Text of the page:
Bill is still learning how the cut the curved patterns on these bowls, having spent years only doing straight lines for Bronze Age and Neolthic replicas!

These bowls have been made for an exhibition at White Stones Gallery on Portland.

Glastonbury Ware

More Glastonbury Ware inspirations. These were part of the payment of rent for the kiln site!

Grooved Ware

Pots following the style of Grooved Ware buckets, from the Neolithic Orkney Isles and across Britain.

Grooved Ware

Another groovy bucket.


Beakers - Bill's favourite drinking vessels!


Goblets from the reduced areas of the kiln.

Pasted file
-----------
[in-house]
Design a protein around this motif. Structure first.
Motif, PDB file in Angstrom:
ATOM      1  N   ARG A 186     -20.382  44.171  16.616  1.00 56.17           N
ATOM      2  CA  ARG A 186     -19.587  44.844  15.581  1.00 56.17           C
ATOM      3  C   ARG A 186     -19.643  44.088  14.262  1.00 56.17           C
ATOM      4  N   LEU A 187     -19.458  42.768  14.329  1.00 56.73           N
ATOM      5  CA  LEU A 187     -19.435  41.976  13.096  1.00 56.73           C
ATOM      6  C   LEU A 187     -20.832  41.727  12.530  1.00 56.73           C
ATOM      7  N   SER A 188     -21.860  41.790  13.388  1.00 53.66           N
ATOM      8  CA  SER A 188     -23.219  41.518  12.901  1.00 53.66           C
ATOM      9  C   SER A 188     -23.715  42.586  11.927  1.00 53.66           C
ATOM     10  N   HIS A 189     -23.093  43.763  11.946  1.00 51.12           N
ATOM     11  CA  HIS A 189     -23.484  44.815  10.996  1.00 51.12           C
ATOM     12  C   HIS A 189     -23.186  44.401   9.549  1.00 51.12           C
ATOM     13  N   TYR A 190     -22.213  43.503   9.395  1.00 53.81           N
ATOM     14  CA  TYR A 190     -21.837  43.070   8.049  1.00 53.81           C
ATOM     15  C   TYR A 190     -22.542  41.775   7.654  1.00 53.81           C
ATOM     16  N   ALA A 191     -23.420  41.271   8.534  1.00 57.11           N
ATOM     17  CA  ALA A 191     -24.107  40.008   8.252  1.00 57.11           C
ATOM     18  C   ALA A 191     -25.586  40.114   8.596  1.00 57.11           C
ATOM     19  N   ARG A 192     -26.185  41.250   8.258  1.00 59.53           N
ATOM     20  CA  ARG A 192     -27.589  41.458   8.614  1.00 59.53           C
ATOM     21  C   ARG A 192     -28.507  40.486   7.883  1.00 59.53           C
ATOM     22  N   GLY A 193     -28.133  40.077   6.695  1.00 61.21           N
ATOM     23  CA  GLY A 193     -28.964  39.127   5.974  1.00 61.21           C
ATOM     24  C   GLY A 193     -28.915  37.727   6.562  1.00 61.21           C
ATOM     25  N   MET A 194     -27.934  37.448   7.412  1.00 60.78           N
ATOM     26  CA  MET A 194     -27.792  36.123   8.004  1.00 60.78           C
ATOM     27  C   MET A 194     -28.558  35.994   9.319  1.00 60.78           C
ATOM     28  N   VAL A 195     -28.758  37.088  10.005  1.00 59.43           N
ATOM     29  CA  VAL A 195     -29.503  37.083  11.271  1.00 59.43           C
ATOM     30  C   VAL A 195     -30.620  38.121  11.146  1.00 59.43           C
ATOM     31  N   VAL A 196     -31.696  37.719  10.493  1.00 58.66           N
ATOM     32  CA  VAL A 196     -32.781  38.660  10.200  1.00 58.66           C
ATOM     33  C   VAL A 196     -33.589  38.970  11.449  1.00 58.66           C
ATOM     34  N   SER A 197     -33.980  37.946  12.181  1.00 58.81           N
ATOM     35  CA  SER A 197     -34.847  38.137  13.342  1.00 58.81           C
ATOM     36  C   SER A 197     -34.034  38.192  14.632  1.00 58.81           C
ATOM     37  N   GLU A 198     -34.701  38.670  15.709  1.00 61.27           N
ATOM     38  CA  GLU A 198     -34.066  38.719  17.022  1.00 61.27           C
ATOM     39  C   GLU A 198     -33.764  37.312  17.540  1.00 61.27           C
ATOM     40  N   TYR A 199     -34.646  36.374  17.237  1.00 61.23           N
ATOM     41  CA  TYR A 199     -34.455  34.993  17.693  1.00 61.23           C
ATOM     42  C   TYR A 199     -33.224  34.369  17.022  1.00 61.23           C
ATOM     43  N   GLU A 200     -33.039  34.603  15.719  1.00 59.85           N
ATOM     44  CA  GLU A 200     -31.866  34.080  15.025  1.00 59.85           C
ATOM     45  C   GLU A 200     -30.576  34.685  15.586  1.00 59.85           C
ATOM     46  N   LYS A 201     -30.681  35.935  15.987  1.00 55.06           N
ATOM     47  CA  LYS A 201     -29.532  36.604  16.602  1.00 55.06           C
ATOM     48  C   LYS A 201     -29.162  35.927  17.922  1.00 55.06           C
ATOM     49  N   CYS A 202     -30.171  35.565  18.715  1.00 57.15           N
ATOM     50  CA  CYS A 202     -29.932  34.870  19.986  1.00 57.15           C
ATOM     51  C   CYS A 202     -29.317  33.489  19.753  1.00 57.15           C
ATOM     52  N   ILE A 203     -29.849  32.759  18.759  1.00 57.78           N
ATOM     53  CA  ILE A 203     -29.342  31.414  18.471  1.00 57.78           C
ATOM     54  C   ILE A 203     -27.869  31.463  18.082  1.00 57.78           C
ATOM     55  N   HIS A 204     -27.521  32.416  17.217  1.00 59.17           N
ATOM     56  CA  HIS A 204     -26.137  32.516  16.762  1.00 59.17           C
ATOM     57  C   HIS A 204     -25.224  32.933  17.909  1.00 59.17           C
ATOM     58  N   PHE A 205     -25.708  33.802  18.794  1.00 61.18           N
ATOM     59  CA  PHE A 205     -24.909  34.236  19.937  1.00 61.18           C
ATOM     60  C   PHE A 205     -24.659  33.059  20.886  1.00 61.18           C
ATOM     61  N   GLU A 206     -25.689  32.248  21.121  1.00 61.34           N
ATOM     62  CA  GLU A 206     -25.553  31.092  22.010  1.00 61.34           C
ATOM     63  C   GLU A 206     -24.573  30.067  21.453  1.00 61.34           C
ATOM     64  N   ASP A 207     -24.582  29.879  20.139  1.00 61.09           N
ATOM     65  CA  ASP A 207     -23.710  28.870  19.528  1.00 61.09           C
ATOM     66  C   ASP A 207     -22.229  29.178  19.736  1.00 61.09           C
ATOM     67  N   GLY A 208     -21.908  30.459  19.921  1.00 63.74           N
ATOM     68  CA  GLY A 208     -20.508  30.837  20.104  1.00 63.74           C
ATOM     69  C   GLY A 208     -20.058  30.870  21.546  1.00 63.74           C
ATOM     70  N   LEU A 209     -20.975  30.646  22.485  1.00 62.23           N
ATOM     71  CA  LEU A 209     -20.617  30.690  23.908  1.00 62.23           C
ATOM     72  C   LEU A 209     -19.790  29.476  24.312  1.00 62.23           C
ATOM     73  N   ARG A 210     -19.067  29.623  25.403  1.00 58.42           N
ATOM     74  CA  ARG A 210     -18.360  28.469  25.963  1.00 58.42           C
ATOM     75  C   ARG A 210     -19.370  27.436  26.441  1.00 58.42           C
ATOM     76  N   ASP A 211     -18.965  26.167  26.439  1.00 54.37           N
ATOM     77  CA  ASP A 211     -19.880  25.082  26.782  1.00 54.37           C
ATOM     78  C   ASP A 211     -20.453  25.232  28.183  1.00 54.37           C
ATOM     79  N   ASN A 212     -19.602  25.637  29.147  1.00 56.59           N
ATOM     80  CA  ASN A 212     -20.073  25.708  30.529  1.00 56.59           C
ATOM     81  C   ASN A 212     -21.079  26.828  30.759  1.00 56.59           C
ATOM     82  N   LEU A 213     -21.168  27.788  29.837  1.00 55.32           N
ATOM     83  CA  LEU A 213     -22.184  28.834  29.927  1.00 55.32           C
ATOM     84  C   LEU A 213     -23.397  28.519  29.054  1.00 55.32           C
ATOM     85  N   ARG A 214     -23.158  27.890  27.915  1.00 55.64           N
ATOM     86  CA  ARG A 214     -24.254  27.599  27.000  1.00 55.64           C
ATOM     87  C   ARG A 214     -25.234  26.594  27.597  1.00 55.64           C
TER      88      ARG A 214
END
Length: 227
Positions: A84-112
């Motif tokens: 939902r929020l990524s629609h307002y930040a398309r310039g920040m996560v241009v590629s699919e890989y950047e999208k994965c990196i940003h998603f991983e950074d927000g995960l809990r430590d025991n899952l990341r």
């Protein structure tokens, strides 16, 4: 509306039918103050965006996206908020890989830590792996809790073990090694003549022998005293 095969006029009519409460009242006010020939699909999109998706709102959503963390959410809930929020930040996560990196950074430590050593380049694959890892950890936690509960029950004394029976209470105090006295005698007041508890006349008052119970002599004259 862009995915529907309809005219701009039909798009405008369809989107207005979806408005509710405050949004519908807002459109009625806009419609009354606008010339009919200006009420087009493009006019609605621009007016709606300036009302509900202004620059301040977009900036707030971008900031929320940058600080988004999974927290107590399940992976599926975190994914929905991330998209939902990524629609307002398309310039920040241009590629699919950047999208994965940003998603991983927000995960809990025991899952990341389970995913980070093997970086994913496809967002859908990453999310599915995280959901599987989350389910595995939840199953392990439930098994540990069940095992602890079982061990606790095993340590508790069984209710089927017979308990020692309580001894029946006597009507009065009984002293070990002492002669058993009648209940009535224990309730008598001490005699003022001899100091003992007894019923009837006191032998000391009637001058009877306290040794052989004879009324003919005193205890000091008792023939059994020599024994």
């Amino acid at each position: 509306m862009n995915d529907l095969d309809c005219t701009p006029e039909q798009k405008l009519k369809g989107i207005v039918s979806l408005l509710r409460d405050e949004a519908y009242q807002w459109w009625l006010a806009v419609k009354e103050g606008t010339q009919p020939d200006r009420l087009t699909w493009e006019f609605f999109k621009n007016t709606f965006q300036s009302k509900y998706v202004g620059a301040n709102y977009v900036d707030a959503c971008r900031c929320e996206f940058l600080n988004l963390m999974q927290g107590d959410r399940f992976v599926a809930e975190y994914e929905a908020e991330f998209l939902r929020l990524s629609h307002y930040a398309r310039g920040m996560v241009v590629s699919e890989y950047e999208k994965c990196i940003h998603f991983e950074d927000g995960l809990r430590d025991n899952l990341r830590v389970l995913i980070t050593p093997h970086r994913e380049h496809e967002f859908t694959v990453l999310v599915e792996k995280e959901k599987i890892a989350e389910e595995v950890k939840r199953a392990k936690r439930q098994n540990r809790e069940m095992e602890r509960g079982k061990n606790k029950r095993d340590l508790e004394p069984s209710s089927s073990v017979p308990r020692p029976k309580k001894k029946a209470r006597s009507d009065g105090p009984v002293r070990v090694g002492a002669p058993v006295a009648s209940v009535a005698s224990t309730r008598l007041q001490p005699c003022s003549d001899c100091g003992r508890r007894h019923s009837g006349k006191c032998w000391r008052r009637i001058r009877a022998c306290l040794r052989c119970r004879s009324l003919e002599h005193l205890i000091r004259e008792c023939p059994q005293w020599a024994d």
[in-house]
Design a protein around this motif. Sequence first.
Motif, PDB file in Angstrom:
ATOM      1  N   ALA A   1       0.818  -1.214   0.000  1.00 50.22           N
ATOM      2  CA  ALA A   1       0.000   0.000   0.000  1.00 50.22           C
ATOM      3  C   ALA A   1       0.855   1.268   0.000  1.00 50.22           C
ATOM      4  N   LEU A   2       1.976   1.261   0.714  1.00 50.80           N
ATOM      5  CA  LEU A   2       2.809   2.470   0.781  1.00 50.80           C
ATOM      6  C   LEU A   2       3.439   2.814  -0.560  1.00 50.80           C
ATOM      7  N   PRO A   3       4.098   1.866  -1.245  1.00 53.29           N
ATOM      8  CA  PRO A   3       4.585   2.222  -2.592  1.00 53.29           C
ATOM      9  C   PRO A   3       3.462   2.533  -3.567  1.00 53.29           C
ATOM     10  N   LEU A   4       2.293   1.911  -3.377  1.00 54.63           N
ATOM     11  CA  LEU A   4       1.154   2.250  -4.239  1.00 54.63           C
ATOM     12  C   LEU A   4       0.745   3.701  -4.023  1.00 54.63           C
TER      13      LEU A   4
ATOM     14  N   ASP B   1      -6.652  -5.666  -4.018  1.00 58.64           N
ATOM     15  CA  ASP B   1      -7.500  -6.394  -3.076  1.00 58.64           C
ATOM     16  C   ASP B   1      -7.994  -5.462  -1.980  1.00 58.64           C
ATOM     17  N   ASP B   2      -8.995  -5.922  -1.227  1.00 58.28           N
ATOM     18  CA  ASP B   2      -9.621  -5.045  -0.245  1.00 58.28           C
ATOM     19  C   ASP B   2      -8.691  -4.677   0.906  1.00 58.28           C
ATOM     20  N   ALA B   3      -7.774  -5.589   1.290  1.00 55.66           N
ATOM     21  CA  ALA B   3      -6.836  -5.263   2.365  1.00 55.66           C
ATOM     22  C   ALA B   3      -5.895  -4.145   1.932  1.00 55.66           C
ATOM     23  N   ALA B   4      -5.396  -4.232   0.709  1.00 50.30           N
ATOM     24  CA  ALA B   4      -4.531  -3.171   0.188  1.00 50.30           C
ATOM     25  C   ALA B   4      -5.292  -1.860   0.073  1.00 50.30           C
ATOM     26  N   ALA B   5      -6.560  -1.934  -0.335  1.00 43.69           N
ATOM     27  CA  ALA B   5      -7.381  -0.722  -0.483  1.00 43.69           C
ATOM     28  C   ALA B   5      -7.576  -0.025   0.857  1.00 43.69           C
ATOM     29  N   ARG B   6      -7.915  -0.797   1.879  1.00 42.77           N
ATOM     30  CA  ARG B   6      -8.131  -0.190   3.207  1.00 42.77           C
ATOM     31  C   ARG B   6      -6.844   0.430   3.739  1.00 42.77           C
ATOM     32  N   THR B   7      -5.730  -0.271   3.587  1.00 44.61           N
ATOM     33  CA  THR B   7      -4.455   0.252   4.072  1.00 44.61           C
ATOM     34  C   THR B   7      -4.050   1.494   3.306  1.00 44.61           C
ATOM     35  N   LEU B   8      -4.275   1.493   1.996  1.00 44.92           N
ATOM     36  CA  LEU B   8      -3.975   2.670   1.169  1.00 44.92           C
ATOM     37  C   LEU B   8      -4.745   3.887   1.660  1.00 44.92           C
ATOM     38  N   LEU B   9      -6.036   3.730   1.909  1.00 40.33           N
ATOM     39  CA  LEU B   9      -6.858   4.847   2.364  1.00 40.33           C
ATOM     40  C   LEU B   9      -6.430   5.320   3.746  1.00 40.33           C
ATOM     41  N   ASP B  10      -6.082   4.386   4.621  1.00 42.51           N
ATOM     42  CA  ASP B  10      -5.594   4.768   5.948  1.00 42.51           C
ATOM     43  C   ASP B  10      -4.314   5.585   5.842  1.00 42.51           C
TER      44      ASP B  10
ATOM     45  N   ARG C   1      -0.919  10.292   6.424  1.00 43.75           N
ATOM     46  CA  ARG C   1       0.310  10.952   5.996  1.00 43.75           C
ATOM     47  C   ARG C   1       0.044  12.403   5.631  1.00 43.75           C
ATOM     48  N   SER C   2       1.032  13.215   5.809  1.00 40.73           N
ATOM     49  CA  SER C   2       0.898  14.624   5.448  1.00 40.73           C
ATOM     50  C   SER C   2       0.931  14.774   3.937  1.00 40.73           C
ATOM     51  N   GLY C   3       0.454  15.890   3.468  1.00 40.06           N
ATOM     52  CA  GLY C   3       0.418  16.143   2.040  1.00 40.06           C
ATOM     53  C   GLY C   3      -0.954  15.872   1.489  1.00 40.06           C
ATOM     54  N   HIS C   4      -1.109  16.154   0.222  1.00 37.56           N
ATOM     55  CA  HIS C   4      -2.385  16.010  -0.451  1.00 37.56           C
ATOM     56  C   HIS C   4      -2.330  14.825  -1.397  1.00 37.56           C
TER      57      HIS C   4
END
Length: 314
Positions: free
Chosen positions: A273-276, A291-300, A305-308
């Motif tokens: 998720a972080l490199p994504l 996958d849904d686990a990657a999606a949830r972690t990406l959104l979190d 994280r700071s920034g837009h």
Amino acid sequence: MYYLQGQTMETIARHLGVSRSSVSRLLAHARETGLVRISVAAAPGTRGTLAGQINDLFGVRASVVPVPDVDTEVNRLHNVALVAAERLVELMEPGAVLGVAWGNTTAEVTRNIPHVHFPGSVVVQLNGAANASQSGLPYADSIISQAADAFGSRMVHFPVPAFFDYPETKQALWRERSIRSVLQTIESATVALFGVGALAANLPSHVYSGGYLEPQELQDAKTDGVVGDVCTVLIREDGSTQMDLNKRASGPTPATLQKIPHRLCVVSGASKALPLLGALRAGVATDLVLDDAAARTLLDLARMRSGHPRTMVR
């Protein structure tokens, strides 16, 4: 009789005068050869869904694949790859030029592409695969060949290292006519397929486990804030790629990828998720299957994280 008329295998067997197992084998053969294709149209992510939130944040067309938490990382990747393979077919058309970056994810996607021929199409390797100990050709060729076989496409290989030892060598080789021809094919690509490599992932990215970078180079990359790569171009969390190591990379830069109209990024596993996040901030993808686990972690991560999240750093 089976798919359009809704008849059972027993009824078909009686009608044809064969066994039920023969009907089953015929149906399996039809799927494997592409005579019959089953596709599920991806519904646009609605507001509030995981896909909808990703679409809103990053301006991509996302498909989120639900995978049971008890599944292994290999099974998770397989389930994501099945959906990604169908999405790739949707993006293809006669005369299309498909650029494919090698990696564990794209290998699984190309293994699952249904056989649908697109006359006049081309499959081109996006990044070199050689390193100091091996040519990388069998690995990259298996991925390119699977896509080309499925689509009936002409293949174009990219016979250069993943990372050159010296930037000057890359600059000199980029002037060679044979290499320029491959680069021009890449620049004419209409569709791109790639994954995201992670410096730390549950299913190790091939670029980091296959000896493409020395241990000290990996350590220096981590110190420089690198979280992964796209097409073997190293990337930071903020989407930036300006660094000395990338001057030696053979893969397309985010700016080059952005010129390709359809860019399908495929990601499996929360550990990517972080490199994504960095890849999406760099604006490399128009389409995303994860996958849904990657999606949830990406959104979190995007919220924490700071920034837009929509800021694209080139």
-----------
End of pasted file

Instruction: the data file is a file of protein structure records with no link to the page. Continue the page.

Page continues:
Goblets from the oxidised parts.

Glastonbury style jar

Jar with wood ash glaze and Glastonbury style decoration

Glastonbury Urn

Glastonbury style decoration on urn

Circled Urn

Urn with hybrid decoration.


One of several "Mortarium" lipped bowls.

Wood ash glazed bowl

Bowl glazed with wood ash recipe - not really quite hot enough to run like it should.

Wood ash glazed bowl

Another wood ash glazed bowl.

Report and Conclusions

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A reasonable firing, lovely weather! Not as much ash speckling as usual, and slightly cooler all over. But better than hoped for immediately after the late night end of firing.

Very happy potters from the class and fellow local potters.

Comments are very welcome - email Bill Crumbleholme


Thanks to :-


Kate V for her felled nicely seasoned logs.


The Landlord for support and encouragement.

Pottery Class members and other potters for help filling the kiln and then firing and unloading it, especially Steve, Dale, Jennie, Sharon and Richard.